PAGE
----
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[[Image:Closepacking.png‎  |thumb| 400px | left | Figure 1 – The hcp lattice (left) and the fcc lattice (right). The outline of each respective Bravais lattice is shown in red. The letters indicate which layers are the same. There are two "A" layers in the hcp matrix, where all the spheres are in the same position. All three layers in the fcc stack are different. Note the fcc stacking may be converted to the hcp stacking by translation of the upper-most sphere, as shown by the dashed outline. (http://en.wikipedia.org/wiki/Close-packing_of_equal_spheres)]]
  
The face-centered cubic system (F) has lattice points on the faces of the cube, that each gives exactly one half contribution, in addition to the corner lattice points, giving a total of 4 lattice points per unit cell (1⁄8 × 8 from the corners plus 1⁄2 × 6 from the faces).
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Many crystal structures are based on the close-packing of atoms, which we describe using hard spheres. Figure 1 shows two of the most common crystal structures: [[face-centered cubic]] (fcc) and [[hexagonal close-packed]] (hcp). These structures are especially relevant to colloidal packing, and are important because they have the highest possible packing density. Both structures begin from the hexagonal sheet of atoms we see in Figure 1, but they differ in how we stack these sheets on top of one another. Let's call the positions of this first layer A. We can see that there are two possible positions to fit another sheet on top of this one called B (place atoms on downward-facing triangular spaces) and C (place atoms on upward-facing triangular spaces).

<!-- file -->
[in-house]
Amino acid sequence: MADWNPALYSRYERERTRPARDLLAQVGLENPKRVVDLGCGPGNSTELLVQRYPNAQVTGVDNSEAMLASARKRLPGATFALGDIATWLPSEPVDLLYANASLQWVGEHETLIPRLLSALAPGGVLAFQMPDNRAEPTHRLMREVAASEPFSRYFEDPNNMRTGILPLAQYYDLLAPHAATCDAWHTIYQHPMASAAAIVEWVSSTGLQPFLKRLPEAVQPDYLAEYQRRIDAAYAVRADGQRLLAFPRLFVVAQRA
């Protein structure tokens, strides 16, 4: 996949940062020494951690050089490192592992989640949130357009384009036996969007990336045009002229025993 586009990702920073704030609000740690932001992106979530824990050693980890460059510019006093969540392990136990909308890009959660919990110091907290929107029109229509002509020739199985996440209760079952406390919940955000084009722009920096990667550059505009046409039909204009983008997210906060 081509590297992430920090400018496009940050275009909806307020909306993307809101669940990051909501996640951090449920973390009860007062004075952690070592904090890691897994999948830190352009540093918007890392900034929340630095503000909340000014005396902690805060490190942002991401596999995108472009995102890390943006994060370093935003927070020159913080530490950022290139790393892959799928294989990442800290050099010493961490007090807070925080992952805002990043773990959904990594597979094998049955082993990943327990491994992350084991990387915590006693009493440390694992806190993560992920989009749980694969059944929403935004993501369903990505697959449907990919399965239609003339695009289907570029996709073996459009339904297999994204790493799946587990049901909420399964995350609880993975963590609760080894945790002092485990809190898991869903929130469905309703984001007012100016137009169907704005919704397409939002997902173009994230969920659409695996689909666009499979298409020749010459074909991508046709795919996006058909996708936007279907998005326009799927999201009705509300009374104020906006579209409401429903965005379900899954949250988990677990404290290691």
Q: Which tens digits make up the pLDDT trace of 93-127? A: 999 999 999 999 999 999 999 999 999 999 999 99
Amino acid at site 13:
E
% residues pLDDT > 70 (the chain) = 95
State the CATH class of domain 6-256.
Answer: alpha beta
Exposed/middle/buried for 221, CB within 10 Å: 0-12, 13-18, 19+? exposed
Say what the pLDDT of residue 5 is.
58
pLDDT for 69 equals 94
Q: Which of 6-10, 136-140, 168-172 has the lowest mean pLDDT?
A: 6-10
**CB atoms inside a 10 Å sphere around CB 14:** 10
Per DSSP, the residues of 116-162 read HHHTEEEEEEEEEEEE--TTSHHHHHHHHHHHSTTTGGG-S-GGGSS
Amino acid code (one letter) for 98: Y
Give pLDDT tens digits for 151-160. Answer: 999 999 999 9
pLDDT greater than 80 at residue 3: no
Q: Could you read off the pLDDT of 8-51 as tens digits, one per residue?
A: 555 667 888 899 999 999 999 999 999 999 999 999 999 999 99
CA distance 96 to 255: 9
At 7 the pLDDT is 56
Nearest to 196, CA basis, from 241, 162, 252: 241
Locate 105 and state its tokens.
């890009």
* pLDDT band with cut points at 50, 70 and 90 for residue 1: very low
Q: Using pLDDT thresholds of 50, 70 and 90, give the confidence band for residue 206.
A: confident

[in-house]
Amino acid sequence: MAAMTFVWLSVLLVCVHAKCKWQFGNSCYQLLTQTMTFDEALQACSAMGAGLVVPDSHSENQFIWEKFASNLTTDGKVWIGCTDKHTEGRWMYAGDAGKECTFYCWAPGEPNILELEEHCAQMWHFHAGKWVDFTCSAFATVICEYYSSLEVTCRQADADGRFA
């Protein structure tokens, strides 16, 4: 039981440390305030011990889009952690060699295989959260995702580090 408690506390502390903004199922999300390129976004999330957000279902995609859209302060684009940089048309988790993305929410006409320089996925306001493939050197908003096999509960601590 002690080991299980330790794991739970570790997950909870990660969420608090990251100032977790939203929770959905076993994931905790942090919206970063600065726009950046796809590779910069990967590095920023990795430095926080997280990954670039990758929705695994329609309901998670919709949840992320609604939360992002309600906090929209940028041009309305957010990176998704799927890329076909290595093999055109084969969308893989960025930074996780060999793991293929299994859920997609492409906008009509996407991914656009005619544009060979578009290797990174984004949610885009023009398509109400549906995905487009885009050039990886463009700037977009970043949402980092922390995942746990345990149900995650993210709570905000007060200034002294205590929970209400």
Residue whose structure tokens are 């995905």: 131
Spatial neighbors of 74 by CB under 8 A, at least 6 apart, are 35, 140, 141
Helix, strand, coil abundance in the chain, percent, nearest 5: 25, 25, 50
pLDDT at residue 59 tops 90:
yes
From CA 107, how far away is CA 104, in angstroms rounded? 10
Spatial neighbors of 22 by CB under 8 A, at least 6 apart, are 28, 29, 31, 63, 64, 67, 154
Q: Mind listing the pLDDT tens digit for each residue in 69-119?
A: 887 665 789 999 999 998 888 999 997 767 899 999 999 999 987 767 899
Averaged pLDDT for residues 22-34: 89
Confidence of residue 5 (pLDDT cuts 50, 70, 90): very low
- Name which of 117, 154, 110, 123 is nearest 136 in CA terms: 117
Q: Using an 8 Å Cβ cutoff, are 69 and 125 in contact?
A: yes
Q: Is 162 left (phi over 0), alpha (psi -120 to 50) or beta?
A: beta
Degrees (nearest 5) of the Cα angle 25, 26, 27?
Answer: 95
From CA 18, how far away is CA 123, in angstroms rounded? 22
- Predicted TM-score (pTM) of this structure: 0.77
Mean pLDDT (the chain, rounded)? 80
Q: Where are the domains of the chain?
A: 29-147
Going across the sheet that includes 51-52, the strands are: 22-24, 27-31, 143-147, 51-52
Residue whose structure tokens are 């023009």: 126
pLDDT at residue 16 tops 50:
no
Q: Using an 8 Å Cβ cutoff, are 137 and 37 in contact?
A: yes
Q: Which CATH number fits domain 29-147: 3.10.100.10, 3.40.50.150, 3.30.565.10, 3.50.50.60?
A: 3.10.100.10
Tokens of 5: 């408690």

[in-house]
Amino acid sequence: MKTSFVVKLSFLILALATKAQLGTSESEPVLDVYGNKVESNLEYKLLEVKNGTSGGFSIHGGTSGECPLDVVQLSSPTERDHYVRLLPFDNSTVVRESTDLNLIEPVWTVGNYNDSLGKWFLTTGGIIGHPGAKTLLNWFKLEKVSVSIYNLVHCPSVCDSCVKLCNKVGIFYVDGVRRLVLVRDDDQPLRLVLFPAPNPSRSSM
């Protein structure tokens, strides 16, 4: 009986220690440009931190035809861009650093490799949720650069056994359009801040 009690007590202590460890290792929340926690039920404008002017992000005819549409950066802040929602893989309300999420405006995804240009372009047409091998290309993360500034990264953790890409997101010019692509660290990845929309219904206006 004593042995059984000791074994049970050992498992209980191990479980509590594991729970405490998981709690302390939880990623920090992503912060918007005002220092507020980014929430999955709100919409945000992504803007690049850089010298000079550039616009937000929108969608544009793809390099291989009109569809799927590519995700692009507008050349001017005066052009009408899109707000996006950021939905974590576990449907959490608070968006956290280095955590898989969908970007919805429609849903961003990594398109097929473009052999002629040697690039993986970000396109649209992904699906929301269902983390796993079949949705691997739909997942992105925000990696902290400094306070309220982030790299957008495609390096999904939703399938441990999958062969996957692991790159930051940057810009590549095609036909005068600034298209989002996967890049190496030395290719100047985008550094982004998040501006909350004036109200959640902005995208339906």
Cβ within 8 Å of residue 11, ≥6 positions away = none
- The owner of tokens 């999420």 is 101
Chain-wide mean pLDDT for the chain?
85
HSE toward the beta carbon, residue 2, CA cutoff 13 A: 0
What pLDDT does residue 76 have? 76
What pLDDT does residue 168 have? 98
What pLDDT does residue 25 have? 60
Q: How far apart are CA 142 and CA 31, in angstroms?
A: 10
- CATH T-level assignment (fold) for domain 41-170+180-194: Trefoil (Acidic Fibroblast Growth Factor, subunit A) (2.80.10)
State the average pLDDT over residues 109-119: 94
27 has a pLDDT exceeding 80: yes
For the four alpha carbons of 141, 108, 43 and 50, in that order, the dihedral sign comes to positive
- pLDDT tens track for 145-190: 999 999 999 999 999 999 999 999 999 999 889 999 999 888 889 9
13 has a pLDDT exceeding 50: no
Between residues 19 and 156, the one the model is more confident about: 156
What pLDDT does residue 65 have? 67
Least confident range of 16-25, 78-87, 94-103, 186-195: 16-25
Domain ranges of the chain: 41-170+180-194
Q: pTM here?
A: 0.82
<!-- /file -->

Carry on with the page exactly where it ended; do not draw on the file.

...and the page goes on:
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[[Image:Hcp2.gif  |thumb| 200px | right | Figure 2 – An animation of hcp lattice generation. (http://en.wikipedia.org/wiki/Close-packing_of_equal_spheres)]]
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<center>fcc = ABCABCA... stacking</center>
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<center>hcp = ABABABA... stacking</center>
  
In mineralogy and crystallography, crystal structure is a unique arrangement of atoms or molecules in a crystalline liquid or solid. A crystal structure is composed of a pattern, a set of atoms arranged in a particular way, and a lattice exhibiting long-range order and symmetry. Patterns are located upon the points of a lattice, which is an array of points repeating periodically in three dimensions. The points can be thought of as forming identical tiny boxes, called unit cells, that fill the space of the lattice. The lengths of the edges of a unit cell and the angles between them are called the lattice parameters. The symmetry properties of the crystal are embodied in its space group.
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Figure 2 shows a nice animation of how hcp is generated. In both fcc and hcp, each atom has twelve nearest neighbors, so we say that the [[coordination number]] is 12. The [[atomic packing factor]] (APF) of both structures is 0.74.  
 
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The crystal structure of a material or the arrangement of atoms within a given type of crystal structure can be described in terms of its unit cell. The unit cell is a small box containing one or more atoms, a spatial arrangement of atoms. The unit cells stacked in three-dimensional space describe the bulk arrangement of atoms of the crystal. The crystal structure has a three-dimensional shape. The unit cell is given by its lattice parameters, which are the length of the cell edges and the angles between them, while the positions of the atoms inside the unit cell are described by the set of atomic positions (xi  , yi  , zi) measured from a lattice point.
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==References==
 
==References==
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[2] http://en.wikipedia.org/wiki/Close-packing_of_equal_spheres
 
[2] http://en.wikipedia.org/wiki/Close-packing_of_equal_spheres
  
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[3] Spaepen, Frans. ''Applied Physics 282: Solids: Structure and Defects''. Harvard University
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For a much more in-depth look into crystal structures, ''The Structure of Materials'' by Samuel M. Allen and Edwin L. Thomas is a great reference.
  
 
== Keyword in references: ==
 
== Keyword in references: ==
  
 
[[Phase Behavior and Structure of a New Colloidal Model System of Bowl-Shaped Particles]]
 
[[Phase Behavior and Structure of a New Colloidal Model System of Bowl-Shaped Particles]]